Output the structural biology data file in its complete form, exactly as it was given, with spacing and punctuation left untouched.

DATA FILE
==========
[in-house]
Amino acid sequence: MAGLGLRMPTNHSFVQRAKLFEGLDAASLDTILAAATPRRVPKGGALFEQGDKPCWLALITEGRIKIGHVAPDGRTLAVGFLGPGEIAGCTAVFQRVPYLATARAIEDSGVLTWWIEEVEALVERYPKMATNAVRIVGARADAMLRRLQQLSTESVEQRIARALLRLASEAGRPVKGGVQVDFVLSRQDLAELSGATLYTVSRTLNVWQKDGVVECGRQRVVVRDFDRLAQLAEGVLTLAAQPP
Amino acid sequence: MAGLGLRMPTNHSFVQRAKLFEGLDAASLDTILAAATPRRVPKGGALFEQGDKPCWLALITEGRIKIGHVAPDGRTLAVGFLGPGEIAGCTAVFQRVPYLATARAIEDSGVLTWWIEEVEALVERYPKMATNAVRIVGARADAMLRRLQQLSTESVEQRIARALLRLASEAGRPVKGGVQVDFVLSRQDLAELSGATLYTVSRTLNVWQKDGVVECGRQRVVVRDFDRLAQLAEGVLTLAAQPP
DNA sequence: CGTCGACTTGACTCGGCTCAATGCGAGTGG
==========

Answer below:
[in-house]
Amino acid sequence: MAGLGLRMPTNHSFVQRAKLFEGLDAASLDTILAAATPRRVPKGGALFEQGDKPCWLALITEGRIKIGHVAPDGRTLAVGFLGPGEIAGCTAVFQRVPYLATARAIEDSGVLTWWIEEVEALVERYPKMATNAVRIVGARADAMLRRLQQLSTESVEQRIARALLRLASEAGRPVKGGVQVDFVLSRQDLAELSGATLYTVSRTLNVWQKDGVVECGRQRVVVRDFDRLAQLAEGVLTLAAQPP
Amino acid sequence: MAGLGLRMPTNHSFVQRAKLFEGLDAASLDTILAAATPRRVPKGGALFEQGDKPCWLALITEGRIKIGHVAPDGRTLAVGFLGPGEIAGCTAVFQRVPYLATARAIEDSGVLTWWIEEVEALVERYPKMATNAVRIVGARADAMLRRLQQLSTESVEQRIARALLRLASEAGRPVKGGVQVDFVLSRQDLAELSGATLYTVSRTLNVWQKDGVVECGRQRVVVRDFDRLAQLAEGVLTLAAQPP
DNA sequence: CGTCGACTTGACTCGGCTCAATGCGAGTGG